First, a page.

03:36PM, Sunday 10 May 2015
A long-time Old Windsor resident who set up a drop-off point for people across the Royal Borough to donate gifts to the Nepal earthquake victims says the response has been beyond her ‘wildest dreams’.
Hundreds of people turned up to the Old Windsor Memorial Hall, in Straight Road, to donate gifts including tents and blankets after 50-year-old LaDawn Clare-Panton put out a call for help on social media.
Following the deadly earthquake in Nepal on Saturday, April 25, LaDawn contacted a range of organisations asking how she could help.
But after she was told by charities that any gift donations would be sold for cash aid, as opposed to being shipped out to the Nepal earthquake victims, LaDawn and her close friend Sarah Wants decided to set up their own donation point.
“I was so disgusted with the charities. Old Windsor is quite a mixed community.
“If you don’t have the money to give away it can make you feel really guilty and bad that you’re not doing anything to help,” she said.
While scouring social media, LaDawn saw a tweet saying Skills and Care, a Nepalese social enterprise organisation, and Greenwich Council were accepting donations for earthquake victims at Eltham Leisure Centre and Woolwich Town Hall.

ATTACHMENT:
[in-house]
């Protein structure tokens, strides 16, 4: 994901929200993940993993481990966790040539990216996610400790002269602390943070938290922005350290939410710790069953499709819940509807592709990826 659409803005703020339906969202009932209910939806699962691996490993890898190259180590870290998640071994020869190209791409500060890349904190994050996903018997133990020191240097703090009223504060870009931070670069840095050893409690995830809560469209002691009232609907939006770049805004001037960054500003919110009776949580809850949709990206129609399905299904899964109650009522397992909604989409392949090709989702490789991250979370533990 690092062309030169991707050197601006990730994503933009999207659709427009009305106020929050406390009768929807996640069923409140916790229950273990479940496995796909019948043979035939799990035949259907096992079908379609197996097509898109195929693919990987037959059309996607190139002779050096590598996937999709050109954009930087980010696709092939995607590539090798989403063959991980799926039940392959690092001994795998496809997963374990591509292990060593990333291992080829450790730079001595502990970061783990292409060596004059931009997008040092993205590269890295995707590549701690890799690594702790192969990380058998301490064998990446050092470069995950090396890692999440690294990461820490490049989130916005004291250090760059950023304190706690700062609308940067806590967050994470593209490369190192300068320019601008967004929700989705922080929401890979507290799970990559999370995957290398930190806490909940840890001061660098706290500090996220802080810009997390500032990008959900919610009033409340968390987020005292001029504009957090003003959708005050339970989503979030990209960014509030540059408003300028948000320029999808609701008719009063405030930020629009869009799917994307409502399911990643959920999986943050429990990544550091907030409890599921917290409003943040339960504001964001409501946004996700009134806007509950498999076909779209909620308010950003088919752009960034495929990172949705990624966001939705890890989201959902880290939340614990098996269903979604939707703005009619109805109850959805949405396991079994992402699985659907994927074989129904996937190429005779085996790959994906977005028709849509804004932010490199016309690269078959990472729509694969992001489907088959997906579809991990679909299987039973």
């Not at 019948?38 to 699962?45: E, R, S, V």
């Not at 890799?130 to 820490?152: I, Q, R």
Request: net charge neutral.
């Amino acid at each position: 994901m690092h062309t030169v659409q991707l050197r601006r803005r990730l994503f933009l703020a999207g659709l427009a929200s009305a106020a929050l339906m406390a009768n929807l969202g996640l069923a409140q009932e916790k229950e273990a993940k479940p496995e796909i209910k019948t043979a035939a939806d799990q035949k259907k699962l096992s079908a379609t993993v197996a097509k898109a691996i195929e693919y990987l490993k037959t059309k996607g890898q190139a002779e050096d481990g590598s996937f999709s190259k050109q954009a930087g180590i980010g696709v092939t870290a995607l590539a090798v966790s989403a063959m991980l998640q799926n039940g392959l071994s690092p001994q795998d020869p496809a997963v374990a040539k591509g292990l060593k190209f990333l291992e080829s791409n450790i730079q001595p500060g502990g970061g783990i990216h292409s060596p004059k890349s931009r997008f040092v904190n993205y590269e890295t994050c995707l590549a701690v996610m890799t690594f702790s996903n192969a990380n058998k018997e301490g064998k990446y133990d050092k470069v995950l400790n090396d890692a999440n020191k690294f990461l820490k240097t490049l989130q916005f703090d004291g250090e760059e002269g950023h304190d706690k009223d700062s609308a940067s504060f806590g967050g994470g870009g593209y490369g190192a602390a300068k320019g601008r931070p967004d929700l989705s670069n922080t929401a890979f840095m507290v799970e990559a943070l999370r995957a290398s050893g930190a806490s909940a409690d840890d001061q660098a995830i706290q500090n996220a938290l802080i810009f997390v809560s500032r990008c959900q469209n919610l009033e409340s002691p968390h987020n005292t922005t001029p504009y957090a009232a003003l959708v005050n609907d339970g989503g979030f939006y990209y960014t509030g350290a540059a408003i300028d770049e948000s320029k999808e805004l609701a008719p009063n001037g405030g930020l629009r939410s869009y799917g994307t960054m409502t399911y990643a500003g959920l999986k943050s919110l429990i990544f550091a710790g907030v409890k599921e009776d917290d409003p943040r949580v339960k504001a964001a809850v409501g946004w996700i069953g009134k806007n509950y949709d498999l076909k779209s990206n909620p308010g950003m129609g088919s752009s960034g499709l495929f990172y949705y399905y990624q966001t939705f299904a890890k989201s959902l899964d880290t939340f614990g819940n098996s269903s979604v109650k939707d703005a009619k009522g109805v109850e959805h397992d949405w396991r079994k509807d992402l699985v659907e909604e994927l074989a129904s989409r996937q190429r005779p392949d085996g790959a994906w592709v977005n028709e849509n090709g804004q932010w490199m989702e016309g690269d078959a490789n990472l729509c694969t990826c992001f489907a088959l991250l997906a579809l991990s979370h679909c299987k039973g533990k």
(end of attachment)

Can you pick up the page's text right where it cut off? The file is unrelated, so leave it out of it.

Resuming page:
So after putting the message out on Twitter and the We Love Old Windsor Facebook group, she invited Royal Borough residents to drop off items at Old Windsor Memorial Hall on Wednesday, April 29, and Thursday, April 30.
Several bags of essential items were donated on the first day but LaDawn said she was amazed as people queued to drop off their donations the following evening.
“It was the most remarkable thing.
“At 5pm (on Thursday) all of these cars started showing up and they were full to the roof.
“It was chock-a-block, people were practically falling over themselves to donate,” she said.
A truck from Frontline Logistics helped transport the hundreds of Nepal-bound donations to London free of charge the following day.
Go to https://skillsandcare.nationbuilder.com/donate to donate to the Nepal Earthquake Relief Fund.
Top Ten Articles